I did make some local acquaintances through ultimate frisbee, but we didn’t hangout so much- we did in a group (with foreigners) so I haven’t got a complete local hangout just yet.

In a place like Bulgaria or Poland, you immerse yourself in the local culture. You are joining Poland or Bulgaria, but in Bali the experience is truly amazing but you don’t really feel like you’re joining some local culture because of the amount of tourism / expats here.

Again, I only stayed a month, and it would be totally different if you were staying elsewhere!

Next time I’m here I might stay in Ubud, or if I stay in Canggu again I’ll venture more far out to less-traveled areas. For example, going north from Canggu just 3-5 miles and you’re away from all of the western / expat stuff.

I went up there to explore a couple times, and saw so many beautiful temples, amazing locals, and talked to some groups of people to see what they were doing.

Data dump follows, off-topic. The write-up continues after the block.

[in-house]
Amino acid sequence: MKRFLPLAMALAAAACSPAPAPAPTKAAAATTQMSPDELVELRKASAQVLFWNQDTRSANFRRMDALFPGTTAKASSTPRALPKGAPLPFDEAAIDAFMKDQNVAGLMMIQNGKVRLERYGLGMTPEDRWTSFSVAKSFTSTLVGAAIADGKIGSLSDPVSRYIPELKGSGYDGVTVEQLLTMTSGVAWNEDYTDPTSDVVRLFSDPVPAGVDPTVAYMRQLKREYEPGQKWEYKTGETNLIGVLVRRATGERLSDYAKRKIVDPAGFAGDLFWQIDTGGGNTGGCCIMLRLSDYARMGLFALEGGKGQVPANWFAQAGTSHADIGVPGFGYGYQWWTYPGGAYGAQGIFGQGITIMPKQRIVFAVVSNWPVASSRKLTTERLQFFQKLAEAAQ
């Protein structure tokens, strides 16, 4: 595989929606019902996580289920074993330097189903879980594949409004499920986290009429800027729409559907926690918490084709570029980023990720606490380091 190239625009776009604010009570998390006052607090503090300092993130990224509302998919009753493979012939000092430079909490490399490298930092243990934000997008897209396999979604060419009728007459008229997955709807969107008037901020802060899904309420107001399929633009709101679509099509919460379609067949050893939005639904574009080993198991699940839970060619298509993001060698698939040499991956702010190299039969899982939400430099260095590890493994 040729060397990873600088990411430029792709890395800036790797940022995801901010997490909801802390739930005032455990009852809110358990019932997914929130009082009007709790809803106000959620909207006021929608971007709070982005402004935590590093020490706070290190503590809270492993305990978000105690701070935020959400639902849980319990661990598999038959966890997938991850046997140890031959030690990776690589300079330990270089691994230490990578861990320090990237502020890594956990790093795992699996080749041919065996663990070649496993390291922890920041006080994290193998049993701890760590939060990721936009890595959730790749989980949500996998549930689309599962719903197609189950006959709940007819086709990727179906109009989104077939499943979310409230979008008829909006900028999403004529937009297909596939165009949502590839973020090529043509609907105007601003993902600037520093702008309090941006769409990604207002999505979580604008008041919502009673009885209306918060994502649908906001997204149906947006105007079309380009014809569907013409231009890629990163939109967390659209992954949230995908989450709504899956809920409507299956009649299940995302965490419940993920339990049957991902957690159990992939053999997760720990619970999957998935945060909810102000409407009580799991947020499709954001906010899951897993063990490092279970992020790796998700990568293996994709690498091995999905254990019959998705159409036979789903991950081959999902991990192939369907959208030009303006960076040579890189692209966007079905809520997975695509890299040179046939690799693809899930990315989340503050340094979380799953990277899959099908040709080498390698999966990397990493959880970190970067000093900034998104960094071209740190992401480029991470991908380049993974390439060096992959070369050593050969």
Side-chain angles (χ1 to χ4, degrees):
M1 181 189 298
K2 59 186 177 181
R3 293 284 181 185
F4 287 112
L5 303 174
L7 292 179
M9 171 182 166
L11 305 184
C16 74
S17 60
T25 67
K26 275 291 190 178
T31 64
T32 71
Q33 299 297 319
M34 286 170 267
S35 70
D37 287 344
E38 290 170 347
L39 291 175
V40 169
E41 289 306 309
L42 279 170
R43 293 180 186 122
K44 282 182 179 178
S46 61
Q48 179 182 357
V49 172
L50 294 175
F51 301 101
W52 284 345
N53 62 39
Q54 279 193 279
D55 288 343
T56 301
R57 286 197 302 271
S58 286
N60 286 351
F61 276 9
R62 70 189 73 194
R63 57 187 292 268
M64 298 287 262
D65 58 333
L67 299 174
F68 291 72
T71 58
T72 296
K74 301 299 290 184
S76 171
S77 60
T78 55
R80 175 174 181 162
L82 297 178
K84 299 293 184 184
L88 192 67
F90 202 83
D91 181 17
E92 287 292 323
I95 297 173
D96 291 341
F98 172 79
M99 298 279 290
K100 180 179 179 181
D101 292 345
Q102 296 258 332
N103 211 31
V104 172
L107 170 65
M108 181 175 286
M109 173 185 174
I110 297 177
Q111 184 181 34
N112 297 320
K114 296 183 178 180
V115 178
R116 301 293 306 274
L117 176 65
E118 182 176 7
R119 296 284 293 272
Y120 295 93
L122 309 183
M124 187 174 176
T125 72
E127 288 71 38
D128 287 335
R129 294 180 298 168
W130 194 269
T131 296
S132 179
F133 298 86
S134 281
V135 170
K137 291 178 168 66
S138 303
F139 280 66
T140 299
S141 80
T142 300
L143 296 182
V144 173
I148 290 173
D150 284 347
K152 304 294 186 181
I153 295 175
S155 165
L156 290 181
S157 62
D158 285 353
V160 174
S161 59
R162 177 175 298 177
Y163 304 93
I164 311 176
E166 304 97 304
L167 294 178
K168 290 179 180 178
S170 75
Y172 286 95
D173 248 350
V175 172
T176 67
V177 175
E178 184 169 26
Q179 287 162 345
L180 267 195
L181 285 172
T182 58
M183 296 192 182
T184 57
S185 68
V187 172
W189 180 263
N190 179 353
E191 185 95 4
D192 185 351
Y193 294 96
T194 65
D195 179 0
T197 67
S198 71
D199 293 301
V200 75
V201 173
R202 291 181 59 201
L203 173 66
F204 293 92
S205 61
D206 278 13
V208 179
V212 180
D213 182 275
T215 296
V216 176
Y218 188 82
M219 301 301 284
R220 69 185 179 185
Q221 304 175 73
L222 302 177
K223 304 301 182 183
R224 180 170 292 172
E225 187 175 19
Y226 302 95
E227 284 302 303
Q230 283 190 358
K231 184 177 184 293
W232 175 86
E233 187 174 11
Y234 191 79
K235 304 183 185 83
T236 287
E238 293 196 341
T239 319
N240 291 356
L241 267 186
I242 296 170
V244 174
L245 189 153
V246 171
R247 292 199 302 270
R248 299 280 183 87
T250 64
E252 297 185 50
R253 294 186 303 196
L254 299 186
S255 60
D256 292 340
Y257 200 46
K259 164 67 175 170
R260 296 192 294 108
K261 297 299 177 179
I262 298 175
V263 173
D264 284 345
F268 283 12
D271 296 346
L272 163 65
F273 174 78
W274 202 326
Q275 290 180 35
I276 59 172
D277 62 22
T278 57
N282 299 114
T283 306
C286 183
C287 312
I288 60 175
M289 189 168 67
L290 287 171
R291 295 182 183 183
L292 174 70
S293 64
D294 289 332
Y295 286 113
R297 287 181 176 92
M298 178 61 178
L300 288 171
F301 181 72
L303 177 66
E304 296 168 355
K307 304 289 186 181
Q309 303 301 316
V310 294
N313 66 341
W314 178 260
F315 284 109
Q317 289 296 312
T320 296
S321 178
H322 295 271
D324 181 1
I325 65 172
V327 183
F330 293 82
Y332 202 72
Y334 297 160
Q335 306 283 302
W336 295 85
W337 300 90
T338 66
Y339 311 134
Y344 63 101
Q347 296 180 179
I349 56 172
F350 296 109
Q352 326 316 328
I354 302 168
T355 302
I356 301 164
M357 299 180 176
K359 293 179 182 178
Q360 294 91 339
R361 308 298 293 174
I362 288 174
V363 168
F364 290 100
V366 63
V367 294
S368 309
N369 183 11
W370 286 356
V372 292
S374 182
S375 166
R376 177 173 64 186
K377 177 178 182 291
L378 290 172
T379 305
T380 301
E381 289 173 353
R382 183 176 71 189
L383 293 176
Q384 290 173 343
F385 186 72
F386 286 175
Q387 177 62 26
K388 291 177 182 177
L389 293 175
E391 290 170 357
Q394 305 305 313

Away from the expat areas is a completely new Bali. If you’re white, it’ll be quite apparent that you are truly in Asia because in these villages where no one else goes only the locals are there.

One strange thing that happened was me and a friend were exploring a beach north of Canggu away from the tourists (where we were the only white people we saw, except for one other couple we saw later) was a group of kids maybe aged 10-15 came up to us and wanted photos with us.

They spoke hardly any English, but intuitively I could feel that it had to do something with the color of our skin. My friend, a Danish girl, said that in Lombok (a neighboring, less touristy island) she had several people come up to her asking for a photo or guys giving her free stuff (ie. hitting on her).

Maybe they wanted to show to their friends they had foreigner friends? Or that they had met foreigners who had actually dared to venture out of the Western hub of Kuta, Seminyak, and Canggu? Or they thought it was weird we were on this beach?

Who knows. We can’t judge, and we shouldn’t say bad things about it. Maybe they just thought it was interesting we were there. I now try to take photos with as many people I meet wherever I am in the world, and true Bali culture must be so different from our own that I can’t understand it.